Rhonda Jean said...

This is a fantastic reference. Thank you. I've got my grafting knife and tape ready and I WILL be grafting this spring.

Bovey Belle said...

What a wonderful tutorial. We have a lovely old Russet tree in our paddock - probably planted in late Victorian times and nearly as tall as the house. I would love to graft that - perhaps I will have the confidence to try now.

Kate@LivingTheFrugalLife said...

Excellent tutorial, thank you. We have an old and unidentified apple tree on our little lot. It makes superlative apple cider and the apples are great for eating too. I may think about trying some grafts at some point.

I wonder if you have any comments about producing one's own rootstock from apple seeds. I've heard vaguely of people doing this. Any thoughts on that? Pros, cons, how long it might take?

Hayden said...

Great, thank you! The pics are a huge help.

Throwback at Trapper Creek said...

Sadge, thank you. Yes, you can graft apples on crab apples. I love finding those trees that always bear reliably. We have several, it took a lot of research to find out what they were, but regardless of the name, I appreciated their constant supply of fruit.

Rhonda Jean, thank you.

Bovey Belle, thank you, apple trees are wonderful, I was skeptical at first, the process seemed daunting, but after the first success, it became an addiction to graft more. You will do great!

Kate, thanks, one can never have too many apple trees - right?

Apple seedlings grow wild around here, planted by birds and bears. I think cold stratification outside in protected pots, that are covered to protect from rodents etc, would work well. Follow what nature does, by planting your apple seeds in the fall, by spring you should see some sprouting. A small semi-shaded nursery bed works well for this, filled with a mixture of sawdust or peat and soil. You should have small apple trees in two to three years that would be big enough to graft with.

Hayden, thanks, I'm surprised no one mentioned my dirty fingernails. :)

Addendum: In our area we have a HOME ORCHARD SOCIETY, and they have scion wood exchanges, classes on fruit care, identification and tastings etc. www.homeorchardsociety.org/
There may be a similar group in your area.

Bel said...

Wow... You explained this so clearly, and with such great photos, that I think I can do it!

I grew mulberries from cuttings this past year, and scored 10 out of 10 (so now have 10 young mulberry trees in the ground all around the paddock!)

But with this skill, I can really keep creating the food forest I dream of, without so much $$ outlay. I'll let you know in a year or so how we go...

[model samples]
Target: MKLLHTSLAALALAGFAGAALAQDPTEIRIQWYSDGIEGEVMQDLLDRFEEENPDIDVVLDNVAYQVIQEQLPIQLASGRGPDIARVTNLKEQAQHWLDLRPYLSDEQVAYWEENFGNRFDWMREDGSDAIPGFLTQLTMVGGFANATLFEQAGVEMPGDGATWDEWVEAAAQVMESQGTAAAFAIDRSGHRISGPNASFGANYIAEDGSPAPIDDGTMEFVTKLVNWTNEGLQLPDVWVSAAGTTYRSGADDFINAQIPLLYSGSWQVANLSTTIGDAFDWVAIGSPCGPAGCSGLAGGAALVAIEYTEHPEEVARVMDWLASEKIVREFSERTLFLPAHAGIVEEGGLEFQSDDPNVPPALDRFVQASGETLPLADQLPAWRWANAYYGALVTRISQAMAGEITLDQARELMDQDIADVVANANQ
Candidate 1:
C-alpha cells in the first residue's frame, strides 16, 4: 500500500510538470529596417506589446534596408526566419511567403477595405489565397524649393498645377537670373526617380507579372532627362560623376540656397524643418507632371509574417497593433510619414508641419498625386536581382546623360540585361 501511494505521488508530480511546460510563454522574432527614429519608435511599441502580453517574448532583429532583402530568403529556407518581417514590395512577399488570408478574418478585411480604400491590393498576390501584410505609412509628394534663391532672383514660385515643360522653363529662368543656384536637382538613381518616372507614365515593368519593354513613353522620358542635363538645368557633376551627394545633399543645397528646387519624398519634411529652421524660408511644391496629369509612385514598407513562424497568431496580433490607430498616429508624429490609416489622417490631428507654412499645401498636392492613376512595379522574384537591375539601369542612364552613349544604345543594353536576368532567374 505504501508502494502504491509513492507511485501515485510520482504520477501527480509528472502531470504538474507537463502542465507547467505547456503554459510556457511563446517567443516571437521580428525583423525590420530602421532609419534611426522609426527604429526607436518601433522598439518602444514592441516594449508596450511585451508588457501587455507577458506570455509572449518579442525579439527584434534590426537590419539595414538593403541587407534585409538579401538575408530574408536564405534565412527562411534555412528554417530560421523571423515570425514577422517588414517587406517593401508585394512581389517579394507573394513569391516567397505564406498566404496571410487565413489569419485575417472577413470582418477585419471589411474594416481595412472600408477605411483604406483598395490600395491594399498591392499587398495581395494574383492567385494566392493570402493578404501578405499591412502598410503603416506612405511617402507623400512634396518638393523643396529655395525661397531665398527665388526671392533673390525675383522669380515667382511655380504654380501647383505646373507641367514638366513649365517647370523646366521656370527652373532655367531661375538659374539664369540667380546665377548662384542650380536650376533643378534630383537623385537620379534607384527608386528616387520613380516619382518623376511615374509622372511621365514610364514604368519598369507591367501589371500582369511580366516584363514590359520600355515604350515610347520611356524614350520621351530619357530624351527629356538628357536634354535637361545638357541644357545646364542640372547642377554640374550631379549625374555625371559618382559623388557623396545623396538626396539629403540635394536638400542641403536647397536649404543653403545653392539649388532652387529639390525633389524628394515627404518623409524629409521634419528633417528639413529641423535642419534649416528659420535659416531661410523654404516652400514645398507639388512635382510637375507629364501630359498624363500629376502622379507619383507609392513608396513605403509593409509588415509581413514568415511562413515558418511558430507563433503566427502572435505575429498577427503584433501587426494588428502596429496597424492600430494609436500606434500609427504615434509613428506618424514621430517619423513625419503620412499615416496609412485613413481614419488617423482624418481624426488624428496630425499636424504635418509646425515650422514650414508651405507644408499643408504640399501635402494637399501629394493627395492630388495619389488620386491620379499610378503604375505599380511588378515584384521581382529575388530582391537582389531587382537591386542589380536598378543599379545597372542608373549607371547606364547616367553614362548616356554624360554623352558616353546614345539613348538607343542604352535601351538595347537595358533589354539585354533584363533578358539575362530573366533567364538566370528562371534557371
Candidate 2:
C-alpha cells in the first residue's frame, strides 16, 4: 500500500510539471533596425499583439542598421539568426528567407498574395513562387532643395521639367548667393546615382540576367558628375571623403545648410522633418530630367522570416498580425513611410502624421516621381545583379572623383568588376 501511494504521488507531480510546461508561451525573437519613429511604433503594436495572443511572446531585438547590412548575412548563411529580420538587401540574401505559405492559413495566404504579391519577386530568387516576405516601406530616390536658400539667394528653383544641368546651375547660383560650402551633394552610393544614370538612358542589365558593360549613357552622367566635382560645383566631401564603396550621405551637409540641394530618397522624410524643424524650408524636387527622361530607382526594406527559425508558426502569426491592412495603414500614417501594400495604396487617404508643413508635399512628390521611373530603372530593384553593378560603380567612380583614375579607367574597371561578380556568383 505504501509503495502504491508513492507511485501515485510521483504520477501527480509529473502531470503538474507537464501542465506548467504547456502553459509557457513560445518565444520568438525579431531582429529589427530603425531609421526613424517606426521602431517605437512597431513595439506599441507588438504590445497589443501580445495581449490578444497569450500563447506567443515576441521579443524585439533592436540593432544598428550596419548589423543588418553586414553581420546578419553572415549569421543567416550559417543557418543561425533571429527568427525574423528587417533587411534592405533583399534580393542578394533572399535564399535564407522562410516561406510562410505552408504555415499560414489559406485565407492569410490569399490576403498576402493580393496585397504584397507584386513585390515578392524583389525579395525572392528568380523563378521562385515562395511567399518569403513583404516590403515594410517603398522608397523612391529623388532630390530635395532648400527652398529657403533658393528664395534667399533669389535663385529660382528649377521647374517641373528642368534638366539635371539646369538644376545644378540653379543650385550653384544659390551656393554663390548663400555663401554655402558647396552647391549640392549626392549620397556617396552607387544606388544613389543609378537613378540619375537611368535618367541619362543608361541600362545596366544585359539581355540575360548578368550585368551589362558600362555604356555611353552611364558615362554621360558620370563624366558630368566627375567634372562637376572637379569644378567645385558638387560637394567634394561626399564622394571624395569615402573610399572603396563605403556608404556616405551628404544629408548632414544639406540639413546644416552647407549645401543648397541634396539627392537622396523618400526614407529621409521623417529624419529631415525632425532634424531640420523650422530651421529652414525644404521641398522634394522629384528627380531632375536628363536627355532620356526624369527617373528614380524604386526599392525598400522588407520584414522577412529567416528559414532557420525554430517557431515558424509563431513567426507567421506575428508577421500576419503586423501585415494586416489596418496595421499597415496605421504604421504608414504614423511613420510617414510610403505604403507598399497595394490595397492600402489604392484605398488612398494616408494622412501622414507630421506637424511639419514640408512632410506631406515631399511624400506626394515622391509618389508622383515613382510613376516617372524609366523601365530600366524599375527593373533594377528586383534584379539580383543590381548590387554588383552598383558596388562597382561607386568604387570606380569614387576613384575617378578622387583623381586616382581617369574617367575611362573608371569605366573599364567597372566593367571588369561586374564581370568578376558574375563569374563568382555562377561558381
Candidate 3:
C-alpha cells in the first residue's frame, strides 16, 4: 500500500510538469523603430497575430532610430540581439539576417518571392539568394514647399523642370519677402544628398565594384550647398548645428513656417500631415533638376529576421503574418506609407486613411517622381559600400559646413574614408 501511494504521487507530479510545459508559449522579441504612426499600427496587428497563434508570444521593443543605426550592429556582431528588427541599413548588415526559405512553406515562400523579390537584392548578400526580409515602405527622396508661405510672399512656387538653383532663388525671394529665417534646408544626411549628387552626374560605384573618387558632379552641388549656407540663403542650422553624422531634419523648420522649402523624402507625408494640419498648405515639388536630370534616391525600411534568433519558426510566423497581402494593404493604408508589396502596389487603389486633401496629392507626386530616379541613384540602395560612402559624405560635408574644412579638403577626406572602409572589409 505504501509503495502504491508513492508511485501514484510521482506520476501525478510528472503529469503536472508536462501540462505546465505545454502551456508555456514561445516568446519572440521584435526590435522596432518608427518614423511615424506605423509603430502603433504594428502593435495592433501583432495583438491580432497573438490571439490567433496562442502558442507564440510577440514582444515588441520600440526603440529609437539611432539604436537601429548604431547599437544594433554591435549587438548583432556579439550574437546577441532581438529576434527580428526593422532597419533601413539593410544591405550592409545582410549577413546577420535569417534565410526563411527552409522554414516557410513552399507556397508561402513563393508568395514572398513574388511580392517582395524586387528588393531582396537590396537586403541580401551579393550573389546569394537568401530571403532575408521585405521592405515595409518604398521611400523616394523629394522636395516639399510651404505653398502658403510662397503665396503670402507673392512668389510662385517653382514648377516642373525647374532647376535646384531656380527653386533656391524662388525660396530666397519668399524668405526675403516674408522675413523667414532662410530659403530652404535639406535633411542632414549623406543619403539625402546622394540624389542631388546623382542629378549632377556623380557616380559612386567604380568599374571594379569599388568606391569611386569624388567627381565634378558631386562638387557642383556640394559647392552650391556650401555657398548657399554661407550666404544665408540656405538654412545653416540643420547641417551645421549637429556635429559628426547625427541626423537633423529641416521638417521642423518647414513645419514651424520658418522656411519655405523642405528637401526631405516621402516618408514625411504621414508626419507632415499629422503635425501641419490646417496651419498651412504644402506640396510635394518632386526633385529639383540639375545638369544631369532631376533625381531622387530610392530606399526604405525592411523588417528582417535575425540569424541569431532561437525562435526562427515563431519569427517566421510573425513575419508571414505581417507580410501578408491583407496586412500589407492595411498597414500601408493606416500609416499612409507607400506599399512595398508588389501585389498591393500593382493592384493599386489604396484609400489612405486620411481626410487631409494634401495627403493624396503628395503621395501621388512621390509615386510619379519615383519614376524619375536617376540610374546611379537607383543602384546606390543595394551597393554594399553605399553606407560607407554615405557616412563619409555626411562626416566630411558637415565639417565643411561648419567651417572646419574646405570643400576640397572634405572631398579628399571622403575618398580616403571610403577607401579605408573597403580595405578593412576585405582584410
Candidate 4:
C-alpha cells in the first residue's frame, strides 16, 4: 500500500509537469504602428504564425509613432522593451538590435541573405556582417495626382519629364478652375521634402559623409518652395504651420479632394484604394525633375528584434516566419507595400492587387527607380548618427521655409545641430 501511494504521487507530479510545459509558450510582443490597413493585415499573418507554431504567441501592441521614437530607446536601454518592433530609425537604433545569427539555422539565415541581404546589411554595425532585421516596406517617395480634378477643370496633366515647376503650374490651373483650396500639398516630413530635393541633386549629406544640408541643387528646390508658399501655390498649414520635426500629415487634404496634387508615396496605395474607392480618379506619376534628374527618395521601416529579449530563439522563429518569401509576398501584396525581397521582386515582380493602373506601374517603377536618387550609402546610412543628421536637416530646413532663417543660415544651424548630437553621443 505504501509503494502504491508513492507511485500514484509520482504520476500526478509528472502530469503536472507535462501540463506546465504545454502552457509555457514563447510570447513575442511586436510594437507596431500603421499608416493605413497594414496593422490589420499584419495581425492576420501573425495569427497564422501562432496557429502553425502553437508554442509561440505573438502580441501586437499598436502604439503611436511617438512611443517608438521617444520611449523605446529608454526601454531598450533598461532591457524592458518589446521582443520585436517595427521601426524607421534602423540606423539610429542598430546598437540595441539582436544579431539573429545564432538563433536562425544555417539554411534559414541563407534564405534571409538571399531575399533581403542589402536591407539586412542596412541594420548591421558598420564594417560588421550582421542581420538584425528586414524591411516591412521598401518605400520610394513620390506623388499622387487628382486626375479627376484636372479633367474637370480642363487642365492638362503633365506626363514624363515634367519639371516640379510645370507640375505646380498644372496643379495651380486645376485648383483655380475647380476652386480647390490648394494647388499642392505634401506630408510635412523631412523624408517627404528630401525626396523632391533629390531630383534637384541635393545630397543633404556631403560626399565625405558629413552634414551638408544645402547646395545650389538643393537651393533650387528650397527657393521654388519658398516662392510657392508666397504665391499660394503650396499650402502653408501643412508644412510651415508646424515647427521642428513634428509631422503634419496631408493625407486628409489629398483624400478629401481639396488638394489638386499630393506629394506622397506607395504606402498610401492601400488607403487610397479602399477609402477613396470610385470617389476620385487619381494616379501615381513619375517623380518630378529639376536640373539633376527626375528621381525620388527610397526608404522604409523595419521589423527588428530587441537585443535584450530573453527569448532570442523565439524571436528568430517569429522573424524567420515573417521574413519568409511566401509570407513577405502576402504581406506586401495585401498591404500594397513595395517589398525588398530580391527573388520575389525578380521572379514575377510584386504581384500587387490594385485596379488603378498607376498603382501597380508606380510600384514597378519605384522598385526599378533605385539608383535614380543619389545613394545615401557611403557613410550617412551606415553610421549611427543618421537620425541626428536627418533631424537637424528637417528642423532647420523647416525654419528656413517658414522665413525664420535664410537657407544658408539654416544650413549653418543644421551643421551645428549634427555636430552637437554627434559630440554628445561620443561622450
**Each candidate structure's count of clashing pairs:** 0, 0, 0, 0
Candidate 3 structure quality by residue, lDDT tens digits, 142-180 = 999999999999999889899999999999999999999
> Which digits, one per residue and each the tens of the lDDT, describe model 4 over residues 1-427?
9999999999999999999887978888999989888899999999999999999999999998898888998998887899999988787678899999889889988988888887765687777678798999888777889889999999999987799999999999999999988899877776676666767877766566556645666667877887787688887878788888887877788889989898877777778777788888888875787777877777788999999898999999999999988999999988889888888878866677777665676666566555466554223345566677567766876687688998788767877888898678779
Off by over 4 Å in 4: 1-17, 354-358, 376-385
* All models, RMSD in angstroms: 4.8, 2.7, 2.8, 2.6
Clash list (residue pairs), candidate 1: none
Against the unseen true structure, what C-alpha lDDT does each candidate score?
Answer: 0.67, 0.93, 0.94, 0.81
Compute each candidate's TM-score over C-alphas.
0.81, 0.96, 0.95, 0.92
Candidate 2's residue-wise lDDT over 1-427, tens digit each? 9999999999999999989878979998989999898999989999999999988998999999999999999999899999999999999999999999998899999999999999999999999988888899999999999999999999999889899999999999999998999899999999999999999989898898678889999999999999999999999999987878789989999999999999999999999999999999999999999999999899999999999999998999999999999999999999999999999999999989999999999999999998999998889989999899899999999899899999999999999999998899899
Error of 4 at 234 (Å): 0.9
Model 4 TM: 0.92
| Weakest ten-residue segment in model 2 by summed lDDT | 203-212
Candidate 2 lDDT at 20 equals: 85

Thank you!

Marc and Renee said...

Great post! I've always wanted to graft fruit trees but have been a bit afraid to try. You now have me feeling a bit more brave. Thanks!

-Marc

Janelle said...

Oh thank you, thank you, thank you!! I am from the islands and so many of my favorite fruits are grafted, my grandpa knew how to do that so well :( Thank you, this really is a lost skill and I will be sending off for pieces this week :)

Gina said...

Thanks, MOH! I plan to obtain root stock and hope to graft some trees from the ancient orchard trees on our property. The apples are gret, but the trees are old.

Your photographs are fantastic!

Robbyn said...

Just what we need, Nita...we'll be coming back to this. Thank you so much!

P~ said...

Great post throwback!
You really know your stuff. Thanks for taking the time
P~

Throwback at Trapper Creek said...

Bel, it's amazing isn't how fast some things grow, I find the whole process of propagating very interesting. Best of luck. :)

Marc, you'll be surprised how easy it is, once you try. I think in our minds the thought of making a new tree looms large, but it really is pretty simple, but I know what you mean, I was intimidated at first, and then impatient and then excited to see buds opening!

Janelle, good luck on your grafts and reviving a lost skill in your family!

Gina, our trees are old too, every winter, I cringe at limbs breaking and the toll the snow takes. I'm trying to make a new orchard from our favorites. It takes so long. The old homestead rule of establishing the orchard was a good one - and should be followed these days.

Robbyn, thanks, too bad I can't graft one of your limes on my apple trees!

P~, hope this helps, can't wait to see the lemons!

Patty said...

This is a terrific post - and so timely! I've just ordered 25 apple root stocks to start my own small orchard in the spring. I was inspired to try grafting because my neighbour has the most incredible crabapple tree that produces hundreds of pounds of fruit every year like clockwork. I have voraciously read everything I could find on grafting, and this is exceptionally well-written - very clear! I'll be busy come spring time for sure now...thanks for the virtual push!

Anonymous said...

This information looks incredibly helpful! As newbies in the growing business, my dad and I were incredibly disappointed that our young apple and pear trees have sustained heavy pest damage. We've done some checking into bridge-grafting and I personally think that's our best/only option to save them. Dad, however, is wondering about grafting scions onto rootstock of a completely different type of tree, specifically osage hedge. I'm HIGHLY skeptical, but I don't have any more knowledge than he does. What do you think of his plan?

Anonymous said...

about the dormant scion wood...if i collect it lets say from an orange tree, but the rootstock hasn't broken dormany yet, how long can i keep my scion wood and how should i keep it? and something else off topic, if i take a cutting of lets say a pomegrante and put it into a perlite soil mix, should i water the mixture or just mist the cutting? it's saying sometimes to water them but i thought you don't water things until the roots have come out, you just mist and keep very humid? thought you might know:)

Anonymous said...

http://olive-gardening.blogspot.com/2011/04/olive-grafting.html

Bob said...

like your info but i want to ask can a pear scion be grafted to some other root stock i have a frien who has a pear tree and he says that it is graftied onto a hichory root stock

Anonymous said...

Great grafting video I came across...

http://youtu.be/bnpEI1mTP04

Anonymous said...

Great video I came across...

http://youtu.be/bnpEI1mTP04